Tisha B’Av is an annual fast day in Judaism, on which four disasters in Jewish history are supposed to have occurred. The two primary ones are the destruction of Solomon’s Temple by the Neo-Babylonian Empire in 586 BCE and the Second Temple by the Roman Empire in 70 CE. The third one is the Fall of Betar, Bar Kochba’s last stronghold during the Third Jewish War against Rome (132-135 CE), and the fourth is the expulsion from Spain in 1492.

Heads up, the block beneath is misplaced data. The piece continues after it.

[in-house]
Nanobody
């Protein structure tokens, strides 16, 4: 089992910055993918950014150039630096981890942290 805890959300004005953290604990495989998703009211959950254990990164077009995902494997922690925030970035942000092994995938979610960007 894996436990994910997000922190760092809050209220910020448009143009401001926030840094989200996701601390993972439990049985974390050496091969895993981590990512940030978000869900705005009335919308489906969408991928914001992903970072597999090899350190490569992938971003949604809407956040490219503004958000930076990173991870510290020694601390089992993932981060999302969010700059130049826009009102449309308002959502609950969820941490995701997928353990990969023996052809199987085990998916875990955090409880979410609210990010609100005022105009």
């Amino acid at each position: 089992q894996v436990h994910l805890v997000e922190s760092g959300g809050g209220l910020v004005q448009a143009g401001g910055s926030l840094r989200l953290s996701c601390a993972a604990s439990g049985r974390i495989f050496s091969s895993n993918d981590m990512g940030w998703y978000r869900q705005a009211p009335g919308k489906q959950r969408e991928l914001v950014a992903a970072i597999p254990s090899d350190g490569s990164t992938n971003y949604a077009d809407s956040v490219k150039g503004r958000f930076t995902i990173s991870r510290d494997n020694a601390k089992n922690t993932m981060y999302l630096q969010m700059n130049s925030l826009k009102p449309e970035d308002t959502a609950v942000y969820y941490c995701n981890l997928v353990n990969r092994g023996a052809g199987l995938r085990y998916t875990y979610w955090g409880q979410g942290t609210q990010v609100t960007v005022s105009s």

Tisha B’Av is regarded as the saddest day in the Jewish calendar. Tisha B’Av falls in July or August in the Gregorian calendar. The observance of this day includes five prohibitions, most notable of which is a day-long fast. The Book of Lamentations, which mourns the destruction of Jerusalem, is read in the synagogue, followed by the recitation of kinnot. The latter are liturgical dirges that lament the loss of the Temples and Jerusalem.
In 2020, the year 5080 in the Jewish calendar, Tisha B’Av (the 9th day of the Jewish month of Av), starts on the evening of July 29 and runs through sunset on July 30.
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